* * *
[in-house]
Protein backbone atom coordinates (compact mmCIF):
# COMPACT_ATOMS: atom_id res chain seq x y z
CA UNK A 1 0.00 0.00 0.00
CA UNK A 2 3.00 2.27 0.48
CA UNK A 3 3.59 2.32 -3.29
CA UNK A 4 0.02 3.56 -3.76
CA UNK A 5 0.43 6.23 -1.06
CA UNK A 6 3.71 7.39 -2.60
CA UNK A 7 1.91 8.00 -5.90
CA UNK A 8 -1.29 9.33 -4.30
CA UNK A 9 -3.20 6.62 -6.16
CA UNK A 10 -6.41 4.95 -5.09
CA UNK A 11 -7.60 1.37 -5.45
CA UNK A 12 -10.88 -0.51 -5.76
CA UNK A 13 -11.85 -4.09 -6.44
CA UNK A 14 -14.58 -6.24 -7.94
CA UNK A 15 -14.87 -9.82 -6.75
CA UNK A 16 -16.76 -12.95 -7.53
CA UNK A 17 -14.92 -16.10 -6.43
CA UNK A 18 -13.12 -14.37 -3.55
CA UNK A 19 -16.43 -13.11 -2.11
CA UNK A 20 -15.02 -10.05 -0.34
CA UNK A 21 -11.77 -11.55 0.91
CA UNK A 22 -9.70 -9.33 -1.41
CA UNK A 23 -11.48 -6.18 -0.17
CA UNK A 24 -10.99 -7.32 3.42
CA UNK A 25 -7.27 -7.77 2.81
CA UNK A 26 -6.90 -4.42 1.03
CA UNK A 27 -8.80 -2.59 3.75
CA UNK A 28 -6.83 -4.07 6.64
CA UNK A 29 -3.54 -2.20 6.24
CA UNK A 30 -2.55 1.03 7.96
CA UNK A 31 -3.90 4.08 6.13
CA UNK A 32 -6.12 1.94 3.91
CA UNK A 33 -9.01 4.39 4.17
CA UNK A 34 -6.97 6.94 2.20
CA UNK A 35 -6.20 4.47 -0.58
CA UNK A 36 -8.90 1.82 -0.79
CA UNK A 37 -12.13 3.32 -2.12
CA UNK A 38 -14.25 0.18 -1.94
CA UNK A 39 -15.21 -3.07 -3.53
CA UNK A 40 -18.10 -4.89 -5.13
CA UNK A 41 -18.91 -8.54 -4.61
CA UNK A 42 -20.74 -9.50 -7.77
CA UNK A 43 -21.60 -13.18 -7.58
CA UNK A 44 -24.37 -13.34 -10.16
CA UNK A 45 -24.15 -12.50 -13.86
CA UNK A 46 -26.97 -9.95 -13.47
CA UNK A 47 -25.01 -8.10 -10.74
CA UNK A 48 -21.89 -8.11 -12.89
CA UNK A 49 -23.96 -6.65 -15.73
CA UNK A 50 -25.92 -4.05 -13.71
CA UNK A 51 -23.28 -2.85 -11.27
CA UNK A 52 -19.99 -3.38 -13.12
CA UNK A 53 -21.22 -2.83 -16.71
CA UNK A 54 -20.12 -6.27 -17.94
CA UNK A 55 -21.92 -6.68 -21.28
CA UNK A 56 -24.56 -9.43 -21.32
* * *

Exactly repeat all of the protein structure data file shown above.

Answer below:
[in-house]
Protein backbone atom coordinates (compact mmCIF):
# COMPACT_ATOMS: atom_id res chain seq x y z
CA UNK A 1 0.00 0.00 0.00
CA UNK A 2 3.00 2.27 0.48
CA UNK A 3 3.59 2.32 -3.29
CA UNK A 4 0.02 3.56 -3.76
CA UNK A 5 0.43 6.23 -1.06
CA UNK A 6 3.71 7.39 -2.60
CA UNK A 7 1.91 8.00 -5.90
CA UNK A 8 -1.29 9.33 -4.30
CA UNK A 9 -3.20 6.62 -6.16
CA UNK A 10 -6.41 4.95 -5.09
CA UNK A 11 -7.60 1.37 -5.45
CA UNK A 12 -10.88 -0.51 -5.76
CA UNK A 13 -11.85 -4.09 -6.44
CA UNK A 14 -14.58 -6.24 -7.94
CA UNK A 15 -14.87 -9.82 -6.75
CA UNK A 16 -16.76 -12.95 -7.53
CA UNK A 17 -14.92 -16.10 -6.43
CA UNK A 18 -13.12 -14.37 -3.55
CA UNK A 19 -16.43 -13.11 -2.11
CA UNK A 20 -15.02 -10.05 -0.34
CA UNK A 21 -11.77 -11.55 0.91
CA UNK A 22 -9.70 -9.33 -1.41
CA UNK A 23 -11.48 -6.18 -0.17
CA UNK A 24 -10.99 -7.32 3.42
CA UNK A 25 -7.27 -7.77 2.81
CA UNK A 26 -6.90 -4.42 1.03
CA UNK A 27 -8.80 -2.59 3.75
CA UNK A 28 -6.83 -4.07 6.64
CA UNK A 29 -3.54 -2.20 6.24
CA UNK A 30 -2.55 1.03 7.96
CA UNK A 31 -3.90 4.08 6.13
CA UNK A 32 -6.12 1.94 3.91
CA UNK A 33 -9.01 4.39 4.17
CA UNK A 34 -6.97 6.94 2.20
CA UNK A 35 -6.20 4.47 -0.58
CA UNK A 36 -8.90 1.82 -0.79
CA UNK A 37 -12.13 3.32 -2.12
CA UNK A 38 -14.25 0.18 -1.94
CA UNK A 39 -15.21 -3.07 -3.53
CA UNK A 40 -18.10 -4.89 -5.13
CA UNK A 41 -18.91 -8.54 -4.61
CA UNK A 42 -20.74 -9.50 -7.77
CA UNK A 43 -21.60 -13.18 -7.58
CA UNK A 44 -24.37 -13.34 -10.16
CA UNK A 45 -24.15 -12.50 -13.86
CA UNK A 46 -26.97 -9.95 -13.47
CA UNK A 47 -25.01 -8.10 -10.74
CA UNK A 48 -21.89 -8.11 -12.89
CA UNK A 49 -23.96 -6.65 -15.73
CA UNK A 50 -25.92 -4.05 -13.71
CA UNK A 51 -23.28 -2.85 -11.27
CA UNK A 52 -19.99 -3.38 -13.12
CA UNK A 53 -21.22 -2.83 -16.71
CA UNK A 54 -20.12 -6.27 -17.94
CA UNK A 55 -21.92 -6.68 -21.28
CA UNK A 56 -24.56 -9.43 -21.32